• It Runs in the Family: When Jimmy asks his mom about his problems in "The Real Me" this is the only thing she tells him.
  • "I Am" Song: "The Real Me" and "I'm One"
  • In Vino Veritas: "Dr. Jimmy" is all over this trope, and combines it with...
  • Jekyll & Hyde: Via the above, Dr. Jimmy is this all over. The song makes reference to reckless gambling and raping women, but it isn't clear if he actually does this or is just rambling or hallucinating.
    • "Doctor Jimmy and Mister Jim/When I'm pulled you don't notice him/He only comes out when I drink my gin"
  • Journey to Find Oneself: Interesting is that Jimmy does this mostly in his head; he sits in the middle of nowhere and takes stock of the past parts of his life
  • Last Note Nightmare: "I've Had Enough", the last song on the first disc. Out of nowhere comes a loud, distraught "LOOOOOOOOOOVE", which fades into cacophonous dockside noise.
    • "Love Reign O'Er Me" has two: the first is Roger Daltrey's explosive "LOOOOOOOOVE!!!" followed by Keith Moon's drum solo finally climaxing in a booming horn sting.
  • Lighter and Softer: Okay, so the identity crisis, emotional turmoil, and social trials aren't exactly "light" per se, but compared to Tommy this album has no torture or rape and an overall happy ending.
  • The Mirror Shows Your True Self: The album cover has each of the mirrors on Jimmy's scooter showing a different face (one of each member of The Who, each representing one of his personalities).
  • Mushroom Samba:
    • "5:15" depicts Jimmy taking the train to Brighton while on an acid trip. Intoxication Ensues is also implied in the movie version.
    • His mood swing personalities are also fueled by drugs (well, sometimes).
  • Nietzsche Wannabe: "Helpless Dancer" has a little of this.
  • One Man Song: "Bell Boy", "Doctor Jimmy".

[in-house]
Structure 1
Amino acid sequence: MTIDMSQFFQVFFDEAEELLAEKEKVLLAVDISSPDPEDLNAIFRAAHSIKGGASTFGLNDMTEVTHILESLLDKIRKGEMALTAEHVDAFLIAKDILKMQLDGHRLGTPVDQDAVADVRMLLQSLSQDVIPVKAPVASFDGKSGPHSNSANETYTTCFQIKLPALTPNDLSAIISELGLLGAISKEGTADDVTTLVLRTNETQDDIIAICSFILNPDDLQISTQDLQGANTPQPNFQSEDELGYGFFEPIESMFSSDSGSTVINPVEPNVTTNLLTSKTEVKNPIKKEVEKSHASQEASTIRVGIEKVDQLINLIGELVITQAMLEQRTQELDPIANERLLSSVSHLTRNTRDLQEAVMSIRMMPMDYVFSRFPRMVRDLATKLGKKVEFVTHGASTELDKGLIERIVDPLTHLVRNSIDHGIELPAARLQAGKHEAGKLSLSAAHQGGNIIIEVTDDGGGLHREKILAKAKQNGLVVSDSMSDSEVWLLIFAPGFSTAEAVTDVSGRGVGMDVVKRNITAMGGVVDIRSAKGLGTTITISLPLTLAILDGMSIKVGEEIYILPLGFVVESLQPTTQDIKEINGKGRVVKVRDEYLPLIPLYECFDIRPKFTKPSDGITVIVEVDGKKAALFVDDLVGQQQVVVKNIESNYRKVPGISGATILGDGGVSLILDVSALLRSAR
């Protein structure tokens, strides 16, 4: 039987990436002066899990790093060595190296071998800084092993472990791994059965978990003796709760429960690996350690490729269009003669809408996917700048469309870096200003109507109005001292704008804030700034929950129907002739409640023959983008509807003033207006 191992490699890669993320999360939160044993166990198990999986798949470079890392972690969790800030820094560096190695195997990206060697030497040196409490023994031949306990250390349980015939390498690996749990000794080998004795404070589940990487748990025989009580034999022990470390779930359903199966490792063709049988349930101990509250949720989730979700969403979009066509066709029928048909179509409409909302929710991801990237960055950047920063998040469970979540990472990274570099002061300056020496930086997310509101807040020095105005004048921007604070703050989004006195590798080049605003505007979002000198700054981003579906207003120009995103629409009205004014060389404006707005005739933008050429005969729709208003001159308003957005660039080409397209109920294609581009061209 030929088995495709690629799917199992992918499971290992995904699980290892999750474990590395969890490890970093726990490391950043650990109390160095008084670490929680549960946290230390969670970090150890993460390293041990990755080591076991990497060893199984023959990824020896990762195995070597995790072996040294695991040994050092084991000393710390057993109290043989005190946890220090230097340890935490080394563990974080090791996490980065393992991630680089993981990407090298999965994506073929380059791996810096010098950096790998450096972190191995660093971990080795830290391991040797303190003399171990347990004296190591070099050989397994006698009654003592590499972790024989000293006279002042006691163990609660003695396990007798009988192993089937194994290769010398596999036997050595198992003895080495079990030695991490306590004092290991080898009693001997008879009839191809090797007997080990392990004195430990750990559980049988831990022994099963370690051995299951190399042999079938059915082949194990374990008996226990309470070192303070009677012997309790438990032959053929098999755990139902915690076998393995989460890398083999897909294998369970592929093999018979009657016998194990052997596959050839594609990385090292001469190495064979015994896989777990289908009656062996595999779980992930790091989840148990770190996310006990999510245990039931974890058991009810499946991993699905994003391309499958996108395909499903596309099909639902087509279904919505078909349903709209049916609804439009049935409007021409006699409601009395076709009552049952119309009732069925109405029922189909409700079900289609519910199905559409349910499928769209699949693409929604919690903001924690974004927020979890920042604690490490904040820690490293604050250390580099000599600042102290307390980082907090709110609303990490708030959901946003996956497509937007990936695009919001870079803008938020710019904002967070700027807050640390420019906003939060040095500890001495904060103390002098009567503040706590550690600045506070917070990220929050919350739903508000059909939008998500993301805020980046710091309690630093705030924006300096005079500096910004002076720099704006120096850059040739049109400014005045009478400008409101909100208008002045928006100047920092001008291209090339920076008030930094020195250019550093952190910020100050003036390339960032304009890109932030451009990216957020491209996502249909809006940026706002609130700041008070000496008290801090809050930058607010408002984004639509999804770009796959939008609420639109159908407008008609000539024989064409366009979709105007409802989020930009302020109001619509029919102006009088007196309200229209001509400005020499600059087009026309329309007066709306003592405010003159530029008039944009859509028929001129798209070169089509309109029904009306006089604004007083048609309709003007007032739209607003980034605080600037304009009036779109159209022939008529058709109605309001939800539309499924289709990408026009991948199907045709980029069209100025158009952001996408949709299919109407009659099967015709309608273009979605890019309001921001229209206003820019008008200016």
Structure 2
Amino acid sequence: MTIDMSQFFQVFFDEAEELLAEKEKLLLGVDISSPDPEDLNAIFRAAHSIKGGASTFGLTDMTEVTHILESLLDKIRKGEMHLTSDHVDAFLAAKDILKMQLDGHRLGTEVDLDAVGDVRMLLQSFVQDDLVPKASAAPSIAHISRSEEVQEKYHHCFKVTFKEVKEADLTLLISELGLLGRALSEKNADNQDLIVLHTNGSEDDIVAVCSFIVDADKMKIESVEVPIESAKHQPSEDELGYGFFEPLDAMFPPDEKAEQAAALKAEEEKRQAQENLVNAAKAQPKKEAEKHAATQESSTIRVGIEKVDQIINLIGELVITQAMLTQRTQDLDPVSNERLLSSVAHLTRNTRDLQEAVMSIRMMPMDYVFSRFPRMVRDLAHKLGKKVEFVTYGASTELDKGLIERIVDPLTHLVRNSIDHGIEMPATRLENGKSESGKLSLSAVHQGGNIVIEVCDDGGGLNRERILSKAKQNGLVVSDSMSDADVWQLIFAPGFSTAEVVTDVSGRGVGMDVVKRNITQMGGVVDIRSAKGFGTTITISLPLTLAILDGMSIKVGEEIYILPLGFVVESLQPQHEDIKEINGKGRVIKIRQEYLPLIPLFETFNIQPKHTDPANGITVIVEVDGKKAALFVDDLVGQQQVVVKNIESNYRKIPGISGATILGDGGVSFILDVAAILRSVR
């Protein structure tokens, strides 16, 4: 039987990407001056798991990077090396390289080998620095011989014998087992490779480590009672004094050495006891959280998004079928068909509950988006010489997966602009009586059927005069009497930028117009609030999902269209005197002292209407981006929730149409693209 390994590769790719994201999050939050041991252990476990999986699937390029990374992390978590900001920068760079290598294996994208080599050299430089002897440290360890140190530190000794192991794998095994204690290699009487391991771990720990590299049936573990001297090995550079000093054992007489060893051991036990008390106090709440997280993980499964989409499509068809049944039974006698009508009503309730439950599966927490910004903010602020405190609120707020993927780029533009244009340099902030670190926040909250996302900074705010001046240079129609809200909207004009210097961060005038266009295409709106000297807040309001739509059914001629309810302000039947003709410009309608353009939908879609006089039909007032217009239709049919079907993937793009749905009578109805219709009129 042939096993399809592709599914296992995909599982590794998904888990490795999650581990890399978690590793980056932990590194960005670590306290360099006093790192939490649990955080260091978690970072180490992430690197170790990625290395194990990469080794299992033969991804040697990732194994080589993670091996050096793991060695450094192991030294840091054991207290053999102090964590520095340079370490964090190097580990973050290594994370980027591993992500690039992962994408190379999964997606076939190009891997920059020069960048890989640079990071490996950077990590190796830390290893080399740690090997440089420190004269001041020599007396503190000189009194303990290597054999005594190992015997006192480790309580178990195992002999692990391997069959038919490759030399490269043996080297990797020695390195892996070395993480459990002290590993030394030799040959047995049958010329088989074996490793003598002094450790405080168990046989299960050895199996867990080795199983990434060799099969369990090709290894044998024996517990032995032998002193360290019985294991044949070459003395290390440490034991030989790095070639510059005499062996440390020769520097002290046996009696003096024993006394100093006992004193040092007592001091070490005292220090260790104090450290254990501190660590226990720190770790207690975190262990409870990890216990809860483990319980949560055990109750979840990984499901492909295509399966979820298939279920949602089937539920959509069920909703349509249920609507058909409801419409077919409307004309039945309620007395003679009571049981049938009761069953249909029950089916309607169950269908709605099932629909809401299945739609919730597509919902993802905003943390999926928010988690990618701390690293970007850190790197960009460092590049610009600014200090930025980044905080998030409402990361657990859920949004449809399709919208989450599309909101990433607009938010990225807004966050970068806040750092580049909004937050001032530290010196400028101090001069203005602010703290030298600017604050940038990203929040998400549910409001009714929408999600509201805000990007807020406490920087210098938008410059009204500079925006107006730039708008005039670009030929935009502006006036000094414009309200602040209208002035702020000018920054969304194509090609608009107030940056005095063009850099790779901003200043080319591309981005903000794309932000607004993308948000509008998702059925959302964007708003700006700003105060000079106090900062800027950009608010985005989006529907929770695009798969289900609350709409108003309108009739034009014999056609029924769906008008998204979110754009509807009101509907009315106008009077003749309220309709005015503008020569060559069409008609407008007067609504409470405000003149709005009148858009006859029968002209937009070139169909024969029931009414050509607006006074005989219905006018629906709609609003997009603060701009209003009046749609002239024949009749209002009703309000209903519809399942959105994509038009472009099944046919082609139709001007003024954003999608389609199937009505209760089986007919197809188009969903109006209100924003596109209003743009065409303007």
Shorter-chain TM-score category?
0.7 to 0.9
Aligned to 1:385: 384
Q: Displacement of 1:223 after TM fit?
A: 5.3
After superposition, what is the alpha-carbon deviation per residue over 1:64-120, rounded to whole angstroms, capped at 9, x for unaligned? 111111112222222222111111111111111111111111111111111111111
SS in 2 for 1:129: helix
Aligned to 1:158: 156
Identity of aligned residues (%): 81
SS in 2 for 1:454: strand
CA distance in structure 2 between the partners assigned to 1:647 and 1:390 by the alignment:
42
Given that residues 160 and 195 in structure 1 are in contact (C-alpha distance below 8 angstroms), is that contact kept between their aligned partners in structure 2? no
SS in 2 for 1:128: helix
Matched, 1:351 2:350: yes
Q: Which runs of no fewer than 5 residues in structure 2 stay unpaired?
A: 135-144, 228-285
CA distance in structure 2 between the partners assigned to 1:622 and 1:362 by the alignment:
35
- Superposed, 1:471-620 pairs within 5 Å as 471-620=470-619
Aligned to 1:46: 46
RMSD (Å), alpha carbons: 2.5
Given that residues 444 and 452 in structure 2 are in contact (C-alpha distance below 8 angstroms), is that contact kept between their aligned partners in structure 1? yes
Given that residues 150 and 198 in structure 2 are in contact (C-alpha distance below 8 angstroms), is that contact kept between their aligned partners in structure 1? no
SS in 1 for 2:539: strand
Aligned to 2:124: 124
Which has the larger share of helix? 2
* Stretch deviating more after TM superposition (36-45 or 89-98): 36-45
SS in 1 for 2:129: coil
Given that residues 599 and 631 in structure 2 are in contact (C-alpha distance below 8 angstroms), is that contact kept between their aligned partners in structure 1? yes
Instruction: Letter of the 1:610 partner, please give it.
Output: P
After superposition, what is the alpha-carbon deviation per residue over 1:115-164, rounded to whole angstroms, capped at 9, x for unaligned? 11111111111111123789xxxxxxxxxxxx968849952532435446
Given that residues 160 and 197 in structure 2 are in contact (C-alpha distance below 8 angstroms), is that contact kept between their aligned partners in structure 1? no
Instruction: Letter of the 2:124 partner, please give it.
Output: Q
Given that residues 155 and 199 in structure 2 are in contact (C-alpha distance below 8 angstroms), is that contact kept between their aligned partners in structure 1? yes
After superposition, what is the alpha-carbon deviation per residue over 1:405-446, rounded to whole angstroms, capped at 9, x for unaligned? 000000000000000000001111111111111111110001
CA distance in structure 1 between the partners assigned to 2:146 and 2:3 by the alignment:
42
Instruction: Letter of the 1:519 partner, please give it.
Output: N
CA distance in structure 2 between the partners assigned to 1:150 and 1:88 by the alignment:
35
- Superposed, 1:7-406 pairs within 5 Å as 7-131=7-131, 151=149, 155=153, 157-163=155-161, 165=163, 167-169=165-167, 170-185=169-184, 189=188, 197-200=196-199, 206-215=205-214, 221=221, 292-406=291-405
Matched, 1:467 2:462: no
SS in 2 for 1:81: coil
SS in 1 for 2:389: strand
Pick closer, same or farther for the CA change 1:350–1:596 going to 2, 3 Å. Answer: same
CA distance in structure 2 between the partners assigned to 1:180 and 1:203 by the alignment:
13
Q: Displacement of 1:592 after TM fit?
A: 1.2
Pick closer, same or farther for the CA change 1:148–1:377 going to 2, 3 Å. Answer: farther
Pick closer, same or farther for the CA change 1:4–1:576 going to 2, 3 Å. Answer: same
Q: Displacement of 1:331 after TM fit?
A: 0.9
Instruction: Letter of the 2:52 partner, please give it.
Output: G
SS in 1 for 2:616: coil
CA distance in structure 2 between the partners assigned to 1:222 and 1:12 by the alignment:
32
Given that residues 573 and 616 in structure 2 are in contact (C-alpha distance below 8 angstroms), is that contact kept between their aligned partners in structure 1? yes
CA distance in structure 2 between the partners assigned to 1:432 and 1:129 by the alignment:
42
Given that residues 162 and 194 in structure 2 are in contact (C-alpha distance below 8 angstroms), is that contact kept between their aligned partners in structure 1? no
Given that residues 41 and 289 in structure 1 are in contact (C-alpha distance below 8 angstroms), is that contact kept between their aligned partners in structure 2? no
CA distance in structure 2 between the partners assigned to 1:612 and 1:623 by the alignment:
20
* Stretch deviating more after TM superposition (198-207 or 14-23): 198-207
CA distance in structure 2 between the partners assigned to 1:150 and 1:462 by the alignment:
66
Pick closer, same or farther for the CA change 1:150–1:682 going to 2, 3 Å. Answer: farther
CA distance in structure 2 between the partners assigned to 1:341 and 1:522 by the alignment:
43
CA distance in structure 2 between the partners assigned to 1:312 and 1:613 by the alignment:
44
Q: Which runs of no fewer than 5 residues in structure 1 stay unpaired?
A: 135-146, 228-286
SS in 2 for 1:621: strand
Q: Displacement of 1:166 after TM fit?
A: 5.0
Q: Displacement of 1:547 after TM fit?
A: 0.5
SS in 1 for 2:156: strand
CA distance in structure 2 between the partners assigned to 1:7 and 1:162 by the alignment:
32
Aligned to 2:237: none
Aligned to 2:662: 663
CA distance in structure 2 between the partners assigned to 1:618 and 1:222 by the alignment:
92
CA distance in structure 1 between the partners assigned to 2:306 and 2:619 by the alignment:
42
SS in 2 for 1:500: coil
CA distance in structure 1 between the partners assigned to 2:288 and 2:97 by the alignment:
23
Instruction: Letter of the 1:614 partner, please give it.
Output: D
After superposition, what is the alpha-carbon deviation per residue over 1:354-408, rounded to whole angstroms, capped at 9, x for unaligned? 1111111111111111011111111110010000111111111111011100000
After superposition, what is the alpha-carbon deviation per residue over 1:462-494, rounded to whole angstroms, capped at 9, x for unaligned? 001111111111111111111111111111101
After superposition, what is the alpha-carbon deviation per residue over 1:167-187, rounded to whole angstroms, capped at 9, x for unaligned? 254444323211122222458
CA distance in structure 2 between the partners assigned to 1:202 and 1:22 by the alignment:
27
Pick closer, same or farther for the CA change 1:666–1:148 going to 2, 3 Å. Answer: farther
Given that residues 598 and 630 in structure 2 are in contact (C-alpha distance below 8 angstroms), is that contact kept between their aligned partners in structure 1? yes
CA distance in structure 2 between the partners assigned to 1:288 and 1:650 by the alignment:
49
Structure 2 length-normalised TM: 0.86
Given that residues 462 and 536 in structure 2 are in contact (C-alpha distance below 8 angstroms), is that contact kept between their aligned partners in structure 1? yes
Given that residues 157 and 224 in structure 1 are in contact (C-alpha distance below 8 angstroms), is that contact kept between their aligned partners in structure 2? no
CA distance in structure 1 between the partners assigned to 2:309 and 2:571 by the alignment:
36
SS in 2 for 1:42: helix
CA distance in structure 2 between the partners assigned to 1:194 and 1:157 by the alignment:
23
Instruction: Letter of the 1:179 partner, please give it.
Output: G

• Precision F-Strike: The only f-word on the album is used highly effectively In "Doctor Jimmy":
    You say she's a virgin, but I'm gonna be the first in.
    Her fella's gonna kill me? Oh, fucking will he?
  • Questioning Title: "Is It In My Head?"
  • Recurring Riff: The four "themes" of Jimmy's personalities echo throughout the album.
  • Redemption in the Rain: Jimmy gets this while standing in the rain.
  • Rock Opera: Naturally. It does, however, have less dialogue than Tommy did.
  • Sanity Slippage Song: Every other track. Subverted at the end.
  • Split Personality: The titular quadrophenia is a play on the older (incorrect) use of the term schizophrenia and "quad" for four. This isn't a strict case though, as the separate "personalities" of Jimmy are implied to be closer to mood swings than anything.
  • Step Up to the Microphone: Keith Moon sings co-lead vocals on "Bell Boy", one of very few Who songs where he sings lead.
    • Pete Townshend sings lead on "I'm One" and co-lead on several other songs.
    • Averted with John Entwistle; this was the first Who album since My Generation on which he had no lead vocal (as well as the first on which he contributed to none of the song-writing).
  • There Are No Therapists: Averted- Jimmy visits one in "The Real Me." This isn't the first time, either. It doesn't help, and so he visits a vicar and his mom too. But then...